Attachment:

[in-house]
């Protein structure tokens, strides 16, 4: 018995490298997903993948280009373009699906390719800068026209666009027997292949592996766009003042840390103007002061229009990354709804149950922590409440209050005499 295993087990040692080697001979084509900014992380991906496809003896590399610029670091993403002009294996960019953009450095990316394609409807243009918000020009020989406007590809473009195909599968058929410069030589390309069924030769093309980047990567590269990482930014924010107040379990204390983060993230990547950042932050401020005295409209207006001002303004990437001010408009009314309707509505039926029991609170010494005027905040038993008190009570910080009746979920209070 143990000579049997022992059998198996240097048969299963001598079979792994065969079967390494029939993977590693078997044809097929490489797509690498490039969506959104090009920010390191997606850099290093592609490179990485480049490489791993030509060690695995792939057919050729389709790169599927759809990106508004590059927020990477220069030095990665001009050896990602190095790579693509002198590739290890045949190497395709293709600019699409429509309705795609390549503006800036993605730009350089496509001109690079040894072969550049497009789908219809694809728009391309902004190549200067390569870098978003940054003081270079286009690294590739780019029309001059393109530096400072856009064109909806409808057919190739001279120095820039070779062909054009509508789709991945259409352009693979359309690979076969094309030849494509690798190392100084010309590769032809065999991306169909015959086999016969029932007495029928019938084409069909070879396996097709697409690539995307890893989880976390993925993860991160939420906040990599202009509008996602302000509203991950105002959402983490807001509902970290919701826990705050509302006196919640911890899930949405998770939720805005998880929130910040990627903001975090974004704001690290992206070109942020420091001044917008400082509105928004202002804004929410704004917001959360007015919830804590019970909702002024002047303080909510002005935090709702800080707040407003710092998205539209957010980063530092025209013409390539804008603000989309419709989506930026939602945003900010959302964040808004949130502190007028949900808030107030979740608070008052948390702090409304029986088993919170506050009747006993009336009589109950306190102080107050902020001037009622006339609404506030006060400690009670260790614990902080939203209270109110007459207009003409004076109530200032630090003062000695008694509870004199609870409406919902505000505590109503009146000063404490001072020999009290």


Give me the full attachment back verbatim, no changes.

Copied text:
[in-house]
């Protein structure tokens, strides 16, 4: 018995490298997903993948280009373009699906390719800068026209666009027997292949592996766009003042840390103007002061229009990354709804149950922590409440209050005499 295993087990040692080697001979084509900014992380991906496809003896590399610029670091993403002009294996960019953009450095990316394609409807243009918000020009020989406007590809473009195909599968058929410069030589390309069924030769093309980047990567590269990482930014924010107040379990204390983060993230990547950042932050401020005295409209207006001002303004990437001010408009009314309707509505039926029991609170010494005027905040038993008190009570910080009746979920209070 143990000579049997022992059998198996240097048969299963001598079979792994065969079967390494029939993977590693078997044809097929490489797509690498490039969506959104090009920010390191997606850099290093592609490179990485480049490489791993030509060690695995792939057919050729389709790169599927759809990106508004590059927020990477220069030095990665001009050896990602190095790579693509002198590739290890045949190497395709293709600019699409429509309705795609390549503006800036993605730009350089496509001109690079040894072969550049497009789908219809694809728009391309902004190549200067390569870098978003940054003081270079286009690294590739780019029309001059393109530096400072856009064109909806409808057919190739001279120095820039070779062909054009509508789709991945259409352009693979359309690979076969094309030849494509690798190392100084010309590769032809065999991306169909015959086999016969029932007495029928019938084409069909070879396996097709697409690539995307890893989880976390993925993860991160939420906040990599202009509008996602302000509203991950105002959402983490807001509902970290919701826990705050509302006196919640911890899930949405998770939720805005998880929130910040990627903001975090974004704001690290992206070109942020420091001044917008400082509105928004202002804004929410704004917001959360007015919830804590019970909702002024002047303080909510002005935090709702800080707040407003710092998205539209957010980063530092025209013409390539804008603000989309419709989506930026939602945003900010959302964040808004949130502190007028949900808030107030979740608070008052948390702090409304029986088993919170506050009747006993009336009589109950306190102080107050902020001037009622006339609404506030006060400690009670260790614990902080939203209270109110007459207009003409004076109530200032630090003062000695008694509870004199609870409406919902505000505590109503009146000063404490001072020999009290």